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10 months ago, by Voir Editorial Team Style Steal: Power in The Pink

10 months ago, by Voir Editorial Team

Style Steal: Power in The Pink

Hailey Bieber, Kendall Jenner and Rihanna
Hailey Bieber, Kendall Jenner and Rihanna

We grew up being told to wear ‘Pink to make the boys wink’; the colour that is associated with being ‘pretty’, ‘feminine’, ‘dainty’ and ‘delicate’. As a now 23-year-old woman who has spent her life trying not to be seen as ‘delicate’ and ‘dainty’, looking back, I don’t know which boys I was trying to make wink when I was a six-year-old. But even I, the mildly tomboy-ish, weirdly dinosaur obsessed child, wined relentlessly at my poor dad until he spent his one day off a week traipsing to B & Q to accompany my head-strong little five-year-old self in finding the perfectly garish shade of pink (bubble-gum punch pink to be exact) for him to smother my bedroom’s fresh, white walls in.

Having supervised the majority of my dad’s wall-painting, I strutted into the room for the final reveal. I remember gazing around at the gaudy walls that were the perfect, lurid contrast with my green and brown coloured dinosaur figurines and thinking…this is it; I am now a woman.

Comparing my feelings towards the colour pink back when I was younger and more concerned with the politics between my Bratz and my Barbies and less concerned with the politics behind the colour in question, to the general consensus towards it now, I feel like the colour gets a lot of unnecessary stick. This sounds overdramatic, and I don’t care- forget starting my period or getting my first job; owning my very own pink-walled-room was, to me at the time the epitome of womanhood. I remember lounging on my bed like the lady of leisure I was, looking across the landing smugly into the desolate, cold, white-washed wasteland with the odd blue-themed accessory (otherwise known as my brother’s room), and pitying the fact that he would never be a girl. If anything, it was probably my first moment of feeling empowered as a girl.

Fast forward seventeen years and the colour pink has now become so messily intertwined with the politics of being female it is almost the ‘taboo’ of the colour wheel. Thinking about the politics behind the colour pink, that iconic scene in Legally Blonde springs to mind. Upon being capable of passing the same exams as everyone else in the university, and therefore being on the same intellectual level, our girl Miss Woods totters into class clad head to toe in pink and isn’t taken as seriously as her dull, grey suit-wearing peers. Did anyone ever stop to think that about the fact that MAYBE it was less down to the fact that she was wearing pink, and MORE down to the fact that she’s a female?! Ground-breaking, I know.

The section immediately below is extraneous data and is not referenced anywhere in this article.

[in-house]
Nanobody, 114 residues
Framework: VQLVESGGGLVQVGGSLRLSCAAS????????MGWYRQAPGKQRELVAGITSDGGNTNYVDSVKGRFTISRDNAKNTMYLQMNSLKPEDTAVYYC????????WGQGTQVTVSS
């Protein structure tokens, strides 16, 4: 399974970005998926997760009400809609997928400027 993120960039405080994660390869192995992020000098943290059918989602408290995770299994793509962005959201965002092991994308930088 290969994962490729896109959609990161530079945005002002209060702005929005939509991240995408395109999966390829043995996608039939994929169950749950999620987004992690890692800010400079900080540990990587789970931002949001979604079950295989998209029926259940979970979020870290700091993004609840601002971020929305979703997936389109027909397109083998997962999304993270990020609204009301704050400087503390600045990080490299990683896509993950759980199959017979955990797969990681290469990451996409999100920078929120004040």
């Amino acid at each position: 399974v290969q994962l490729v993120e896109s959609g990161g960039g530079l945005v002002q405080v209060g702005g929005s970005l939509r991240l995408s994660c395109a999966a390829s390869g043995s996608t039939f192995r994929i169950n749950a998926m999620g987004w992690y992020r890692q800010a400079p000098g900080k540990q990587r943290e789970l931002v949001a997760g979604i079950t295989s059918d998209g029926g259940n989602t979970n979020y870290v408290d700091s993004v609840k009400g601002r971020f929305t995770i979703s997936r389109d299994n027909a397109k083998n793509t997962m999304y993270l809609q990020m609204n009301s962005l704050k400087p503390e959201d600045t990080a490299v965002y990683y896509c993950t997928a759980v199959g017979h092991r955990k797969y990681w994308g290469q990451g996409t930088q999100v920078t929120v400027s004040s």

The fact of the matter is, females haven’t been taken seriously since men decided we are only good for popping out babies and making sarnies. Therefore, any colour associated with us isn’t going to be taken seriously, unfortunately for pink, she was the chosen one. I completely get that the colour could be seen to reinforce stereotypes, and as much as I understand why women don’t want to be defined by a colour that is seen to be ‘pretty’, ‘dainty’ and ‘delicate’, I think we’ve just about proved we possess enough brain cells to manage to vote, hold down a job and pop out the odd baby and make the odd sarnie.

There is undeniably still a way to go before the remaining people on this earth whose brains have failed to evolve past the 1600s manage to comprehend the (very) simple fact that men and women are equal. But in the meanwhile, whilst we wait for those people to either get a grip or die out, we shouldn’t be disowning the colour pink because it is associated with being feminine! Personally, I want to wear anything, and everything associated with being a woman, because I am proud to be a woman. That feeling that the colour pink gave me when I was six has always kind of stuck with me. Even now, 500 pink dresses, tops, trousers later, when I am shopping I am still drawn like a hawk to anything with the slightest hint of pink. To me, the colour pink is feminine; and therefore is powerful, strong, and deserves to be worn with pride (plus, let’s be real girls; she’s cute). So, join the revolution; it’s time to reclaim how the colour that is so ultimately feminine is viewed. Remember; there’s power in the pink!


Here’s how to think pink like Mrs Bieber, Kendal and RiRi- they’ve got the right idea!

Look 1:

Hailey Bieber, NA-KD, Joseph, Nasty Gal, SEOL+GOLD, PRYA and Marc Jacobs
Hailey Bieber, NA-KD, Joseph, Nasty Gal, SEOL+GOLD, PRYA and Marc Jacobs

Top: NA-KD Satin shirt (£15.95)

Trousers: Joseph Tailored Flare Trousers In Pink (£823)

Shoes: Nasty Gal Rise to the Top Faux Leather Platform Heels (£55)

Earrings: SEOL+ GOLD Chunky Creole Curved Hoops (£26.95)

Necklace: PRYA Classic Cuban Chain Gold (£17)

Lipstick: Marc Jacobs Enamored Hi-Shine Lip Lacquer – Pink Flamingo 326 (£30)

Look 2:

Kendall Jenner, Pretty Little Thing, Azalea Wang, MAC and St. Tropez
Kendall Jenner, Pretty Little Thing, Azalea Wang, MAC and St. Tropez

Dress: Pretty Little Thing Blush shimmer cup detail dress (£15)

Boots: Azalea Wang rhinestone booties (£68.48)

Lipstick: MAC Lipstick in Velvet teddy (£17.50)

Body Shimmer: St. Tropez Self Tan Luxe Oil (£25)

Look 3:

Rihanna, ASOS, Toytountzis Furs, Onlymaker, GUCCI and Nars
Rihanna, ASOS, Toytountzis Furs, Onlymaker, GUCCI and Nars

Suit Jacket: ASOS DESIGN cut out side suit blazer with fancy buttons (£58)

Suit Trousers: ASOS DESIGN slim fancy suit trousers (£32)

Fur Shawl: Toutountzis Furs Pink Mongolian Fur Scarf

Shoes: Onlymaker Womens Patent leather shoes ($37.49)

Earrings: GUCCI silver interlocking G earrings (£165)

Blush: Nars Blush in ‘Bumpy Ride’ (£25)

Words and Edits by Ella Winfield

Graphics by Katie Janes

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